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G protein-coupled receptor 98, also known as GPR98, is a human protein and gene.[1]

This gene encodes a member of the G-protein coupled receptor superfamily. The protein binds calcium and is expressed in the central nervous system. It is also known as very large G-protein coupled receptor 1 because it is 6300 residues long. It contains a C-terminal 7-transmembrane receptor domain, whereas the large N-terminal segment (5900 residues) includes 35 calcium binding Calx-beta domains, and 6 EAR domains. Mutations in this gene are associated with Usher syndrome 2 and familial febrile seizures. Several alternatively spliced transcripts have been described.[1] }}


Further readingEdit

  • Nakajima D, Okazaki N, Yamakawa H, et al. (2003). Construction of expression-ready cDNA clones for KIAA genes: manual curation of 330 KIAA cDNA clones.. DNA Res. 9 (3): 99-106.
  • Staub E, Pérez-Tur J, Siebert R, et al. (2002). The novel EPTP repeat defines a superfamily of proteins implicated in epileptic disorders.. Trends Biochem. Sci. 27 (9): 441-4.
  • Ishikawa K, Nagase T, Suyama M, et al. (1998). Prediction of the coding sequences of unidentified human genes. X. The complete sequences of 100 new cDNA clones from brain which can code for large proteins in vitro.. DNA Res. 5 (3): 169-76.
  • Nakayama J, Hamano K, Iwasaki N, et al. (2000). Significant evidence for linkage of febrile seizures to chromosome 5q14-q15.. Hum. Mol. Genet. 9 (1): 87-91.
  • Pieke-Dahl S, Möller CG, Kelley PM, et al. (2000). Genetic heterogeneity of Usher syndrome type II: localisation to chromosome 5q.. J. Med. Genet. 37 (4): 256-62.
  • Nikkila H, McMillan DR, Nunez BS, et al. (2001). Sequence similarities between a novel putative G protein-coupled receptor and Na+/Ca2+ exchangers define a cation binding domain.. Mol. Endocrinol. 14 (9): 1351-64.
  • Wiemann S, Weil B, Wellenreuther R, et al. (2001). Toward a catalog of human genes and proteins: sequencing and analysis of 500 novel complete protein coding human cDNAs.. Genome Res. 11 (3): 422-35.
  • Skradski SL, Clark AM, Jiang H, et al. (2001). A novel gene causing a mendelian audiogenic mouse epilepsy.. Neuron 31 (4): 537-44.
  • McMillan DR, Kayes-Wandover KM, Richardson JA, White PC (2002). Very large G protein-coupled receptor-1, the largest known cell surface protein, is highly expressed in the developing central nervous system.. J. Biol. Chem. 277 (1): 785-92.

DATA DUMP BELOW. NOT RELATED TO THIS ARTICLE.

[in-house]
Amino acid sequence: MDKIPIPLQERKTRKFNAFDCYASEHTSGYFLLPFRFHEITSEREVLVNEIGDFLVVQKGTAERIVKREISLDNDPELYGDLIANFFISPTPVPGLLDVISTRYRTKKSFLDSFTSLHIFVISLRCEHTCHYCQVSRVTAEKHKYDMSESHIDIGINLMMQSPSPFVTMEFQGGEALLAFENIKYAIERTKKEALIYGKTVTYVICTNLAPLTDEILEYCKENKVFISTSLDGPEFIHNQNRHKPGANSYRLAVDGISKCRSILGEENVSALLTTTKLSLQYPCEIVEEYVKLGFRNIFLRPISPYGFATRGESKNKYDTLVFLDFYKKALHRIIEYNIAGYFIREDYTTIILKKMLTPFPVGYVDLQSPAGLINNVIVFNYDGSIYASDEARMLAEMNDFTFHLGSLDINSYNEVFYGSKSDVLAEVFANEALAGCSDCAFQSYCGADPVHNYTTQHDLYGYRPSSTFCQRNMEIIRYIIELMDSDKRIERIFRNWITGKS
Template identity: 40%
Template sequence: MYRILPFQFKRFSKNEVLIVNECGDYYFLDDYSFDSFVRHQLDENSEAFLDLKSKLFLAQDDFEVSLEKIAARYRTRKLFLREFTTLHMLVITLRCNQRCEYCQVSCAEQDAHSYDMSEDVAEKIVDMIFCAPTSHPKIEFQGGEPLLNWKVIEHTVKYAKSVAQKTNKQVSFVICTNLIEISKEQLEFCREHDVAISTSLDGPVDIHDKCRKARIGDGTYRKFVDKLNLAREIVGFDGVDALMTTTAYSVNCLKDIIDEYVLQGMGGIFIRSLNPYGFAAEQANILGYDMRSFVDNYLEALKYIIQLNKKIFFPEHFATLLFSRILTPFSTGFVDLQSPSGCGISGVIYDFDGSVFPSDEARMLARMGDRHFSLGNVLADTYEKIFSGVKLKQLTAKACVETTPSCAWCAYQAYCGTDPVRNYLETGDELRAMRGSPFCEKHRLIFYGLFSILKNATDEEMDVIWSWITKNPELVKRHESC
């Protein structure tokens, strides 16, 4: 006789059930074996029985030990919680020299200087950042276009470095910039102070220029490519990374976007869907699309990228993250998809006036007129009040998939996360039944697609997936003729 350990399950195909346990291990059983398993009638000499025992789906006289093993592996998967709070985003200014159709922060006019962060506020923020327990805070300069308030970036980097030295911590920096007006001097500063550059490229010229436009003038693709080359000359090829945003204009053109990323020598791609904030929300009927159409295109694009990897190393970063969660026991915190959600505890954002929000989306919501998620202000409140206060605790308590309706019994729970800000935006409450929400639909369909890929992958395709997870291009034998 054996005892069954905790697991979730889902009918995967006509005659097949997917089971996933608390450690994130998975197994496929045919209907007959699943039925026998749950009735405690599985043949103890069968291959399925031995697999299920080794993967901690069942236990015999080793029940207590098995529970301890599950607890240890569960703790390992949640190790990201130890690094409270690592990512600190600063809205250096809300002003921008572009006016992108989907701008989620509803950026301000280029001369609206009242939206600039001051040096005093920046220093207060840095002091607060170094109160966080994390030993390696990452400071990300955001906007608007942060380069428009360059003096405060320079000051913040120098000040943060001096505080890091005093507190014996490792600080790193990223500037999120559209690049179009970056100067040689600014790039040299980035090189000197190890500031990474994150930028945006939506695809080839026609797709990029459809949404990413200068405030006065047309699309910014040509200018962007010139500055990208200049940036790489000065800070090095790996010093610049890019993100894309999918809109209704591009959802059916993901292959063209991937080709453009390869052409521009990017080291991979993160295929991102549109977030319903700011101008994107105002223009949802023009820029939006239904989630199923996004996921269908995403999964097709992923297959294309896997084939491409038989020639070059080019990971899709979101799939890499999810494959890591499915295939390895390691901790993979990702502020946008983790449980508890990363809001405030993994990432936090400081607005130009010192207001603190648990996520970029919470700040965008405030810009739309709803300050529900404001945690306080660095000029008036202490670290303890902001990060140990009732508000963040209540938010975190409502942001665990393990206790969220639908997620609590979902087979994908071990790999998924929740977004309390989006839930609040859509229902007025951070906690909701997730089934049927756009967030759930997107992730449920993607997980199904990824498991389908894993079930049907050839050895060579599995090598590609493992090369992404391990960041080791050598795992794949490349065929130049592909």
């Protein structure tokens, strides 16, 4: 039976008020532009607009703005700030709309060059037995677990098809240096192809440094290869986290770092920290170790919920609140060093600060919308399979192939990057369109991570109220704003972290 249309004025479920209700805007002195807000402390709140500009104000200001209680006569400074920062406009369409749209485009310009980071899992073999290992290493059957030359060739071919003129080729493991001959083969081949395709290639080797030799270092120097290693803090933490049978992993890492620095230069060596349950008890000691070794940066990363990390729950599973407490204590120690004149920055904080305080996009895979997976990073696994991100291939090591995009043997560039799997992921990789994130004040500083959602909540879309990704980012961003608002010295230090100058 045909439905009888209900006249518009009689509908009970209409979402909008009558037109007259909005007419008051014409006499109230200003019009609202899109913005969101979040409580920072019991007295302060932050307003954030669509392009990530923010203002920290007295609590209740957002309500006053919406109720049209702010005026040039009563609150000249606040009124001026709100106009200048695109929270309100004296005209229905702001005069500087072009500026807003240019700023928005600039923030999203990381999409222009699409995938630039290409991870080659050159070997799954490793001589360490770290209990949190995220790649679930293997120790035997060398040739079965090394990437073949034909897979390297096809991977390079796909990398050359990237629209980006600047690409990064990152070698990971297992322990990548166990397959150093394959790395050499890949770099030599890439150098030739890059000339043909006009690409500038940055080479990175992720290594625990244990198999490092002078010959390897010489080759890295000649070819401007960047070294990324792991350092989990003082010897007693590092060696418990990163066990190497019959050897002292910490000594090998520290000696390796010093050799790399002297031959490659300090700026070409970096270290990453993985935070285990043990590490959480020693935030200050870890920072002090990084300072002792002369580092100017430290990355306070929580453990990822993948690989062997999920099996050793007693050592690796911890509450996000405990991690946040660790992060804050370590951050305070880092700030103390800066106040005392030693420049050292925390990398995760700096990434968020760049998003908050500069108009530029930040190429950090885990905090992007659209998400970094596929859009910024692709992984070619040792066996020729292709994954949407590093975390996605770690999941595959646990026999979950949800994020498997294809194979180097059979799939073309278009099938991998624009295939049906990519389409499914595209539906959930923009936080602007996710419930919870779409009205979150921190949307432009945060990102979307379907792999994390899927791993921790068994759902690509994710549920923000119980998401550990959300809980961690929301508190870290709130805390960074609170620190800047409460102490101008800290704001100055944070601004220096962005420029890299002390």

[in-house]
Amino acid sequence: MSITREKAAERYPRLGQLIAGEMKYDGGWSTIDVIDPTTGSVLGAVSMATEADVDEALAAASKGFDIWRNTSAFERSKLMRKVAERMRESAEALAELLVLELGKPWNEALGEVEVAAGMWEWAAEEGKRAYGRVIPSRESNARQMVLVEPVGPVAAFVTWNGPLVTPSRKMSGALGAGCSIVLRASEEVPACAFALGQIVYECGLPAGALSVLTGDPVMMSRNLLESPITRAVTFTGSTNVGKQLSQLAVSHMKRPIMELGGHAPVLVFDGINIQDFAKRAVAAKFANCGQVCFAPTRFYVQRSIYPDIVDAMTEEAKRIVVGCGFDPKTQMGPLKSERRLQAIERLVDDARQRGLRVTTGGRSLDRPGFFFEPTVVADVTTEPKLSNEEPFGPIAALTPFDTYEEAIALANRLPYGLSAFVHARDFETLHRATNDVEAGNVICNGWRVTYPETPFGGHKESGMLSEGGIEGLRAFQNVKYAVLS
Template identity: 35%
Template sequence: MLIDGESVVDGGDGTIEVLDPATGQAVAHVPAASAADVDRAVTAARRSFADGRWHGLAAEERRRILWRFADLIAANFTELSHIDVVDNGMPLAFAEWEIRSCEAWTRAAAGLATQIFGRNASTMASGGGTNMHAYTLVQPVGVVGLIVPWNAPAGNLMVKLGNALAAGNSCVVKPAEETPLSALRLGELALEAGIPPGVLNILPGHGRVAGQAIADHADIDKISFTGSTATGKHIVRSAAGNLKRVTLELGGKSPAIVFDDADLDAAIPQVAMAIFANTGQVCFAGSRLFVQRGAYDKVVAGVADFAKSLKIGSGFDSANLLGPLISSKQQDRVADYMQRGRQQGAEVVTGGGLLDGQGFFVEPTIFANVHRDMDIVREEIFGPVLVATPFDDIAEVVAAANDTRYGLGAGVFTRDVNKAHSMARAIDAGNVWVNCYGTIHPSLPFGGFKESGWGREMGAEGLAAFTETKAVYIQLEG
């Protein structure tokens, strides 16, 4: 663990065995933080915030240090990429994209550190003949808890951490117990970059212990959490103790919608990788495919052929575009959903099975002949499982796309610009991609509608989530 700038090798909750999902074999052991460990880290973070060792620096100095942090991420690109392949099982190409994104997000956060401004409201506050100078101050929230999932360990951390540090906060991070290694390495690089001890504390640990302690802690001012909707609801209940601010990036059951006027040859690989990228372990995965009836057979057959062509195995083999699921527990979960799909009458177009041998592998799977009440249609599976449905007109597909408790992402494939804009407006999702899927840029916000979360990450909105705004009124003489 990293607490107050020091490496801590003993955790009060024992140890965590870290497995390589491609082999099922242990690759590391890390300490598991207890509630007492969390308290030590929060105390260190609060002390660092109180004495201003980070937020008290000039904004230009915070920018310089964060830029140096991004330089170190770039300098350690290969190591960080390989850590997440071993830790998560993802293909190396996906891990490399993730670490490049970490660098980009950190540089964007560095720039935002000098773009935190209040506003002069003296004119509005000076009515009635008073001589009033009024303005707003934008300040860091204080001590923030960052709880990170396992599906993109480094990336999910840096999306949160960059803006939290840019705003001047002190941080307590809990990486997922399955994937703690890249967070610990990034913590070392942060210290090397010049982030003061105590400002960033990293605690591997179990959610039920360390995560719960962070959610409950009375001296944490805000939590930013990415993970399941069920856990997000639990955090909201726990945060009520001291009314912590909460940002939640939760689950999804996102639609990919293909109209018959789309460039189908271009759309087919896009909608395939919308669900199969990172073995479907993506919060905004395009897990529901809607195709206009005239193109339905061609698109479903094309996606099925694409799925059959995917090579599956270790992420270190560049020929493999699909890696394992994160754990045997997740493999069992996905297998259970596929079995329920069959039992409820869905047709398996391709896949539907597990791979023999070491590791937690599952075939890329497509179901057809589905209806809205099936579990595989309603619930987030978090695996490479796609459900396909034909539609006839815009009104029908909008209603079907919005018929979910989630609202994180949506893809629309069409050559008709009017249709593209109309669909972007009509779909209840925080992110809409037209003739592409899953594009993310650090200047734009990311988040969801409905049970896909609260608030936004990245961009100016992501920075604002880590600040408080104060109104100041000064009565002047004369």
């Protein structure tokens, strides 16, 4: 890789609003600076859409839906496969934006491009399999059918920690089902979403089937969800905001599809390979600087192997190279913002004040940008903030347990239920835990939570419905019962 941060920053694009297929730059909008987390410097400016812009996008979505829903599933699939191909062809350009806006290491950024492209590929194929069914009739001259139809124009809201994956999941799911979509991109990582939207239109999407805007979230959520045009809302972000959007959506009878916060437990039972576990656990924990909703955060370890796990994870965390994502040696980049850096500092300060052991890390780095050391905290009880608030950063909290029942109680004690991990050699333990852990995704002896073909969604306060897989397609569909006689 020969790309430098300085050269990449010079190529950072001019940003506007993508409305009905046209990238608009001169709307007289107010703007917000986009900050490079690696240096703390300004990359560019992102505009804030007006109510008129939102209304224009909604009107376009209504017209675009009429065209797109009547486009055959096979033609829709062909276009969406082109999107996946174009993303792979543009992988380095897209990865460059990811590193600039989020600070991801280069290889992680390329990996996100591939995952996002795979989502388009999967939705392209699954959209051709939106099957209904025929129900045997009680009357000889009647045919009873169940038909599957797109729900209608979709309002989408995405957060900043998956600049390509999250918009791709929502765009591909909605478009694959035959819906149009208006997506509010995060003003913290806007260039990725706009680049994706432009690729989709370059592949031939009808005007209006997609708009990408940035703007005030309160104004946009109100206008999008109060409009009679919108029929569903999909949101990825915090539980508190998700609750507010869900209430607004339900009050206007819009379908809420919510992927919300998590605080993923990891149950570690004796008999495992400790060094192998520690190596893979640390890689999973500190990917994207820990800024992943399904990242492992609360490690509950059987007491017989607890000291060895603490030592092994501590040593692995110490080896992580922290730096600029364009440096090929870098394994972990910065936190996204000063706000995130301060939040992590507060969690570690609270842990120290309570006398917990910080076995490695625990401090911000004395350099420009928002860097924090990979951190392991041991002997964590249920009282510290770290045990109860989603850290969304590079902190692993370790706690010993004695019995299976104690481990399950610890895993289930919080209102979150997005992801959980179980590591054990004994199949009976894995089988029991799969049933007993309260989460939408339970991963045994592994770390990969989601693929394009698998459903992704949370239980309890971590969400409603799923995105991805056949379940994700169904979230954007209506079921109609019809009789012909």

• Nagase T, Kikuno R, Ohara O (2002). Prediction of the coding sequences of unidentified human genes. XXII. The complete sequences of 50 new cDNA clones which code for large proteins.. DNA Res. 8 (6): 319-27.
  • Nakayama J, Fu YH, Clark AM, et al. (2002). A nonsense mutation of the MASS1 gene in a family with febrile and afebrile seizures.. Ann. Neurol. 52 (5): 654-7.
  • Strausberg RL, Feingold EA, Grouse LH, et al. (2003). Generation and initial analysis of more than 15,000 full-length human and mouse cDNA sequences.. Proc. Natl. Acad. Sci. U.S.A. 99 (26): 16899-903.
  • Ota T, Suzuki Y, Nishikawa T, et al. (2004). Complete sequencing and characterization of 21,243 full-length human cDNAs.. Nat. Genet. 36 (1): 40-5.
  • Weston MD, Luijendijk MW, Humphrey KD, et al. (2004). Mutations in the VLGR1 gene implicate G-protein signaling in the pathogenesis of Usher syndrome type II.. Am. J. Hum. Genet. 74 (2): 357-66.
  • Bjarnadóttir TK, Fredriksson R, Höglund PJ, et al. (2005). The human and mouse repertoire of the adhesion family of G-protein-coupled receptors.. Genomics 84 (1): 23-33.
  • Fu GK, Wang JT, Yang J, et al. (2005). Circular rapid amplification of cDNA ends for high-throughput extension cloning of partial genes.. Genomics 84 (1): 205-10.
  • Schwartz SB, Aleman TS, Cideciyan AV, et al. (2005). Disease expression in Usher syndrome caused by VLGR1 gene mutation (USH2C) and comparison with USH2A phenotype.. Invest. Ophthalmol. Vis. Sci. 46 (2): 734-43.
  • Kimura K, Wakamatsu A, Suzuki Y, et al. (2006). Diversification of transcriptional modulation: large-scale identification and characterization of putative alternative promoters of human genes.. Genome Res. 16 (1): 55-65.

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